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Debra Sutton used to consider herself a sun seeker. She loved spending time outside on warm, sunny days. But with her Irish background and fair skin, she ended up with some pretty nasty sunburns over the years. Little did she know those sunburns would lead to melanoma later in life.
It started with a small scratch on her neck.
“It was just a tiny scratch but no matter what I did, it wouldn’t go away,” Debra says. “It started getting bigger, and my primary care doctor told me I needed to get it checked out by a dermatologist. So I went in for an appointment and they decided to do a biopsy of the spot on my neck, plus another spot on my forehead. Both came back positive for melanoma.”
Although her dermatologist recommended she undergo surgery right away, Debra put it off for a year. She was concerned about the cost of the procedure and potential scarring. Ultimately, her son convinced her she needed to get treatment. But in just one year the tiny spots on her neck and forehead had grown significantly, requiring more extensive treatment.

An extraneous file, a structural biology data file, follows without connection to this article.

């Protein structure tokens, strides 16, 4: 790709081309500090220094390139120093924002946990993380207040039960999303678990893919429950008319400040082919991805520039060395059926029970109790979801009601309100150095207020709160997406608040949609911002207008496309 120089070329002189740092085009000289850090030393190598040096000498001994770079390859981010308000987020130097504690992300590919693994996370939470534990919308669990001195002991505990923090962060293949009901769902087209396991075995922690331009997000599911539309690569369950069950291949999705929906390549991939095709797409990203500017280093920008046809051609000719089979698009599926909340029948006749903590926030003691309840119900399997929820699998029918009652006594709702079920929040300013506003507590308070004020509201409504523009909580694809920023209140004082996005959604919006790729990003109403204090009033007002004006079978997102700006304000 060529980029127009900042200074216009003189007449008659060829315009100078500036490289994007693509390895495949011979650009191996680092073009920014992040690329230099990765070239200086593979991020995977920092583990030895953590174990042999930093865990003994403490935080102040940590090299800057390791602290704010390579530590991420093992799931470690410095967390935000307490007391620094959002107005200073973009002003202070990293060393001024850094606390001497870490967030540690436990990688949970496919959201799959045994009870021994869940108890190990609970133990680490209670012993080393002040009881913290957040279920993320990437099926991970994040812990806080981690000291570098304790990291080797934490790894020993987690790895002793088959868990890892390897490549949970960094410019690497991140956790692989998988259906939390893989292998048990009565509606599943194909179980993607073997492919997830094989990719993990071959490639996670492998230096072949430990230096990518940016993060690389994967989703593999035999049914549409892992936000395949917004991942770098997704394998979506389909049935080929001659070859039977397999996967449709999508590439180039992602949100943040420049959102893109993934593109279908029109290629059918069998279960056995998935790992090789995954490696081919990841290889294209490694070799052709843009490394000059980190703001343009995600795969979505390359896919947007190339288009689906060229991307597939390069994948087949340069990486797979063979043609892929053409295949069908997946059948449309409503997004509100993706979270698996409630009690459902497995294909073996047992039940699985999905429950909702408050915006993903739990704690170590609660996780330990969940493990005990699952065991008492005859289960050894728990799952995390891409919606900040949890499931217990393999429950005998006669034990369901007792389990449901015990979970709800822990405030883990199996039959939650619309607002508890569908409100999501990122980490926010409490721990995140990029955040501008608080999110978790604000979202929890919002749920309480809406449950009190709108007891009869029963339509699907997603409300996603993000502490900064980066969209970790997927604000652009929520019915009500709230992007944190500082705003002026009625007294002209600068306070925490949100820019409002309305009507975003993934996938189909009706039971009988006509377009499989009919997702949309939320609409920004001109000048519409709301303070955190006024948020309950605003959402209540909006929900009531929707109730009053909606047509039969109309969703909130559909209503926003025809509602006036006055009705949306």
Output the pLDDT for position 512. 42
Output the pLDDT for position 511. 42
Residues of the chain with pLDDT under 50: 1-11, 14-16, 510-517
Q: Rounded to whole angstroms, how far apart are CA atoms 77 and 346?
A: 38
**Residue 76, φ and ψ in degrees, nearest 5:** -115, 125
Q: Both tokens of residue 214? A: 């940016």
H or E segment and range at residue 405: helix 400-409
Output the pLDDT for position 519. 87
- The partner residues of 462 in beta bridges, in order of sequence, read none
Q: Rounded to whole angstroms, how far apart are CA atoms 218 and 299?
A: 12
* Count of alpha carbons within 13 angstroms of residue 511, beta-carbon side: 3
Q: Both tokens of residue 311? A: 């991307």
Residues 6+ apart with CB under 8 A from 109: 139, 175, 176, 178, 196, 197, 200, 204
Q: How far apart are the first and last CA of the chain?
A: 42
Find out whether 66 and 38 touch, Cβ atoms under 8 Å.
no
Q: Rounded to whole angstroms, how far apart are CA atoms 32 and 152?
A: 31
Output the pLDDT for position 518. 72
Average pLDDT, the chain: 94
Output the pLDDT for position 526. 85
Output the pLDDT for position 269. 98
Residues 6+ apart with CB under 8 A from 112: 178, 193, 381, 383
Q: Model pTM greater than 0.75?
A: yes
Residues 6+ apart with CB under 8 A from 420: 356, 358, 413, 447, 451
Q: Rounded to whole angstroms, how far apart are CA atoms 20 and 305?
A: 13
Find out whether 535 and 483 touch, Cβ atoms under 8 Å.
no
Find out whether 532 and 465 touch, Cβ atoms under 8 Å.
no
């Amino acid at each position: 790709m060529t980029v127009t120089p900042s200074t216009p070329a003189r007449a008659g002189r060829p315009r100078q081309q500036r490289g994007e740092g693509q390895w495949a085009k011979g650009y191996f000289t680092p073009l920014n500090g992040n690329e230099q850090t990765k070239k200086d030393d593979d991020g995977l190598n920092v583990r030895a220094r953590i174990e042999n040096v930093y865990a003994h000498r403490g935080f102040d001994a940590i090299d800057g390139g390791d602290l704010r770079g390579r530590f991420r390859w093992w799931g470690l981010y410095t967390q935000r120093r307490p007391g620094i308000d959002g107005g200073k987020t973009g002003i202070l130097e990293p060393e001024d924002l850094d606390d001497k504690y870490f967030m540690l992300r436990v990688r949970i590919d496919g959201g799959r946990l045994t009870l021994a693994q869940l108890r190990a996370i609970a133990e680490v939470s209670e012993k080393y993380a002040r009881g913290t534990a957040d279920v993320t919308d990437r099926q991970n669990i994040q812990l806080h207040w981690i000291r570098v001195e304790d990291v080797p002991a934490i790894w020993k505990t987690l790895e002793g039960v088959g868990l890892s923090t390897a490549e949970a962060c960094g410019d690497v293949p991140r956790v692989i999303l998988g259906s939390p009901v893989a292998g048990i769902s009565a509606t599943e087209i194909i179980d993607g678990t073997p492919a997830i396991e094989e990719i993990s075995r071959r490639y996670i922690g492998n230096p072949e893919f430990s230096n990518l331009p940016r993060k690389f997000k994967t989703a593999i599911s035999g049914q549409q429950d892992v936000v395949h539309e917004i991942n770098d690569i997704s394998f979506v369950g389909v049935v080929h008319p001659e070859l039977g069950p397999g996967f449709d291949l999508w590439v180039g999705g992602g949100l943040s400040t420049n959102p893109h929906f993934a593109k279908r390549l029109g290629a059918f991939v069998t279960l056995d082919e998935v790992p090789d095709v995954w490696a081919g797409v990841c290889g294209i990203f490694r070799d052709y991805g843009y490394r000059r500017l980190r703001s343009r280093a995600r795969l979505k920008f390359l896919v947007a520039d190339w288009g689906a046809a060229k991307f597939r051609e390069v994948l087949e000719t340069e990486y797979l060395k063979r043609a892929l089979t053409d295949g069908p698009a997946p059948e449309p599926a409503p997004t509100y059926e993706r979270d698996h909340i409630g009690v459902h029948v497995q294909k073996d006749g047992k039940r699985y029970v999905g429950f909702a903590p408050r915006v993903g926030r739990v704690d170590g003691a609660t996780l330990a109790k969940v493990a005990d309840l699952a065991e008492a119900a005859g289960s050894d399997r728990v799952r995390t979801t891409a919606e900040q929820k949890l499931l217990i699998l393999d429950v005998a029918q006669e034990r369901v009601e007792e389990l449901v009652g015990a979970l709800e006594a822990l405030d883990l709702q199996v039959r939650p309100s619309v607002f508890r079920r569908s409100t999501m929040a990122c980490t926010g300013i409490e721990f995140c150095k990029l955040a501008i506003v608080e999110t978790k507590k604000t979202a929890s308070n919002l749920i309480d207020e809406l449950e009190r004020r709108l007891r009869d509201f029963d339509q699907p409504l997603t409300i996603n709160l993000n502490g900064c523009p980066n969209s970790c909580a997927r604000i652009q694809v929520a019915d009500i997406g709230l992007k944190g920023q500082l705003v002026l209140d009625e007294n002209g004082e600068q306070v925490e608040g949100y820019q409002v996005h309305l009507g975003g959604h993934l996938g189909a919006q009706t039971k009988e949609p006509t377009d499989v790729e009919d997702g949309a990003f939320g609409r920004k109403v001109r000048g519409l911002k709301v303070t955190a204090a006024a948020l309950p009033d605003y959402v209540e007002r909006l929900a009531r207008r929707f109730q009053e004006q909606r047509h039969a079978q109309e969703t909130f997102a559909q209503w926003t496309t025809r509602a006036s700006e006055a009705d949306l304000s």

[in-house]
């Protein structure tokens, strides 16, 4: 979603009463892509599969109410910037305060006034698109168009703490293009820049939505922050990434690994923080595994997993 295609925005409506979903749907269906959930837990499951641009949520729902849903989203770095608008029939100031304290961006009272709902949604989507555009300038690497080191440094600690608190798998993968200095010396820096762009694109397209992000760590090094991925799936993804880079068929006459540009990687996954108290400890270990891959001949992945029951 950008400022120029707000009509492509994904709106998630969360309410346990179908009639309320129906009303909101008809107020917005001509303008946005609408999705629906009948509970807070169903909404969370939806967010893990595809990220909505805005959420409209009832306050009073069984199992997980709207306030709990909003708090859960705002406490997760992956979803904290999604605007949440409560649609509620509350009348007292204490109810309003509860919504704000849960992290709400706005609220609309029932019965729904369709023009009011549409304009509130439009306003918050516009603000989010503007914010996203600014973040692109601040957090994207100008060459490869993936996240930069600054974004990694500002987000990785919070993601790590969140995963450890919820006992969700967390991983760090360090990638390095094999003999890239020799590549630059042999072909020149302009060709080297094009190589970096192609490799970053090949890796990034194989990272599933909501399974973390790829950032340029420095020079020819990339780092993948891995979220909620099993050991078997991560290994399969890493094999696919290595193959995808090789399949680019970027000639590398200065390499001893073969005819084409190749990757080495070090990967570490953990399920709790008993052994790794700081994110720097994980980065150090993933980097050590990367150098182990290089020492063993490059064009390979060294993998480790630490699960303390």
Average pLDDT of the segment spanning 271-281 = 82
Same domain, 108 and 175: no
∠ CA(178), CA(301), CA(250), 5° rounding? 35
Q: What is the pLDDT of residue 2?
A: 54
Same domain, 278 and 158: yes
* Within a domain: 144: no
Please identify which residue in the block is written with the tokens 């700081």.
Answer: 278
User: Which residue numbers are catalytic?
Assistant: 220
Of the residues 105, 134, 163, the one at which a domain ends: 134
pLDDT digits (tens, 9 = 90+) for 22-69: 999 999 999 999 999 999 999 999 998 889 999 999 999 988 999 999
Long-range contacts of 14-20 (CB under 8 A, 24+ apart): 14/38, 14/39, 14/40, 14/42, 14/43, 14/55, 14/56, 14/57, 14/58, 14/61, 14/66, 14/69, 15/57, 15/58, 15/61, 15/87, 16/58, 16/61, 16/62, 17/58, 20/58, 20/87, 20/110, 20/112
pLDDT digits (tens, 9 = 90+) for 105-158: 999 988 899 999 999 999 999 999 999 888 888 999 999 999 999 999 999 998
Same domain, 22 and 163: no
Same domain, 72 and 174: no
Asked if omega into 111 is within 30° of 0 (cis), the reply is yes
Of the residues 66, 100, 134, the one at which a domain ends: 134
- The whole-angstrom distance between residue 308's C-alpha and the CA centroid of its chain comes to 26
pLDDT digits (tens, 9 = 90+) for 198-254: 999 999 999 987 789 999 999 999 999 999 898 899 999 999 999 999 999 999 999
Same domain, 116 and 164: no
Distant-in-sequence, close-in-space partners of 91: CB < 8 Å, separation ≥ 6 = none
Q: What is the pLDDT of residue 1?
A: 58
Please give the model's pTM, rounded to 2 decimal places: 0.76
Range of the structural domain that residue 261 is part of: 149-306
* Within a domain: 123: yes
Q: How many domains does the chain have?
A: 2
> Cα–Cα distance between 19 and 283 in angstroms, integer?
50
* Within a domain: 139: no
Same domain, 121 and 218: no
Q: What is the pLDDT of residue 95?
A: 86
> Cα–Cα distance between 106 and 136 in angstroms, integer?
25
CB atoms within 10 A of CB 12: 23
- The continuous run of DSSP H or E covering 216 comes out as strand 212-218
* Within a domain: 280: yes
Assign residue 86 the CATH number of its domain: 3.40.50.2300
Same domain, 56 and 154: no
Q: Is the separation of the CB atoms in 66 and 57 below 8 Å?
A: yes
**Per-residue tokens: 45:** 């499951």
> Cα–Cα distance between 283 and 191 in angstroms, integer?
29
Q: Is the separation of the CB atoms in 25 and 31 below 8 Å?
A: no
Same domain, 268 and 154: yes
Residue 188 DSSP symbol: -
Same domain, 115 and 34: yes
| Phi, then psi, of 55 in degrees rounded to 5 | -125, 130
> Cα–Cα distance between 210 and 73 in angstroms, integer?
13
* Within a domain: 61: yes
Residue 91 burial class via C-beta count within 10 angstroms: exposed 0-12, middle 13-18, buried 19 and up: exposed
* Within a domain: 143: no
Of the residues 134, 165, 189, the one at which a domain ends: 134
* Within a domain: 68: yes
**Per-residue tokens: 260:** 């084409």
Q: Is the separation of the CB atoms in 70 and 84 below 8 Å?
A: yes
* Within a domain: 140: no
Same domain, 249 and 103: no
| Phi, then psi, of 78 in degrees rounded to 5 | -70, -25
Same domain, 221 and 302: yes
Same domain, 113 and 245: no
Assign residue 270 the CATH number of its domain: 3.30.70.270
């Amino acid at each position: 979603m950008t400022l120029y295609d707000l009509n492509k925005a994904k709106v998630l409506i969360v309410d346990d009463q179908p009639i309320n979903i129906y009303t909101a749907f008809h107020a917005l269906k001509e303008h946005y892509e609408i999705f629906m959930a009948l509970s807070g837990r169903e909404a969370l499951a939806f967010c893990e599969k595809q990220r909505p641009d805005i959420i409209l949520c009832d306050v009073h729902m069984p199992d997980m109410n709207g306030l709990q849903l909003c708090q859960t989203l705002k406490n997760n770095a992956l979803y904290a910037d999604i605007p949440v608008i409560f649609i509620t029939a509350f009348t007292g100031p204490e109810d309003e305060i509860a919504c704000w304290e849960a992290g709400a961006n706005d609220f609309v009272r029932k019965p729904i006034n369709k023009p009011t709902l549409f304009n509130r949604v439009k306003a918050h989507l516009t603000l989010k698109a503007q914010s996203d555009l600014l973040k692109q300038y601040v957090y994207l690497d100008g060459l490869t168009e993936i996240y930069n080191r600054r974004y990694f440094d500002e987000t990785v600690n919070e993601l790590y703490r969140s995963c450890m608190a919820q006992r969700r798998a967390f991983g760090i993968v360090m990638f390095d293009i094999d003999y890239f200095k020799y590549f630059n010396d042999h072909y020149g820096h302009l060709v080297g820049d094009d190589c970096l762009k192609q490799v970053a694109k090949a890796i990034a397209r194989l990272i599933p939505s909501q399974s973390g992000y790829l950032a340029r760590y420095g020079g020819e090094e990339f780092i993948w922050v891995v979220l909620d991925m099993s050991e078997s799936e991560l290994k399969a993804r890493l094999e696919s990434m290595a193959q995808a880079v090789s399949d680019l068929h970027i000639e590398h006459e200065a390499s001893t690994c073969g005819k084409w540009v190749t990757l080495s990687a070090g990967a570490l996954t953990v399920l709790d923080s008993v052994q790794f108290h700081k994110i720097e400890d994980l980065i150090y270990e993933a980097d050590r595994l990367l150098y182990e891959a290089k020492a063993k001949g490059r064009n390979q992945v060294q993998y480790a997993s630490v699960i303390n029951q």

“One of the reasons I didn’t get treatment right away is I was worried about scarring,” Debra explains. “But I ended up needing 20 stitches in my forehead and 40 stitches in my neck because I waited. If I had gone in right away it would have been much less. So I recommend anyone else with melanoma get it taken care of as soon as possible.”
Fortunately, Debra’s surgeon was skilled and her recovery was successful. After a few days she was back at work and within a week her stitches were removed. Although the scars remained for a while after the procedure, they faded over time.
“You can hardly notice the scars now,” Debra says. “I healed fast and the scars healed really well.”
With the stress of undergoing surgery taken care of, Debra turned her attention to paying for treatment. But it turns out she had nothing to worry about.
“The whole thing was seamless with my insurer, Network Health,” she says. “I didn’t have any problem getting the treatments approved and there weren’t any surprises with the bills. My insurance covered a portion of the treatment, just like they said they would.”
Today, Debra is diligent about taking care of her skin and protecting it from harmful rays.
“I use a higher SPF sunscreen every day now – even during the winter months – and try to stay out of the sun,” Debra says. “I hope others can learn from my experience and I would stress it’s important to pay attention to your skin and if you notice anything weird to go in and get it checked out. It’s easy to put it off if you’re worried about scarring or cost but how quickly you get treated can make a big difference.”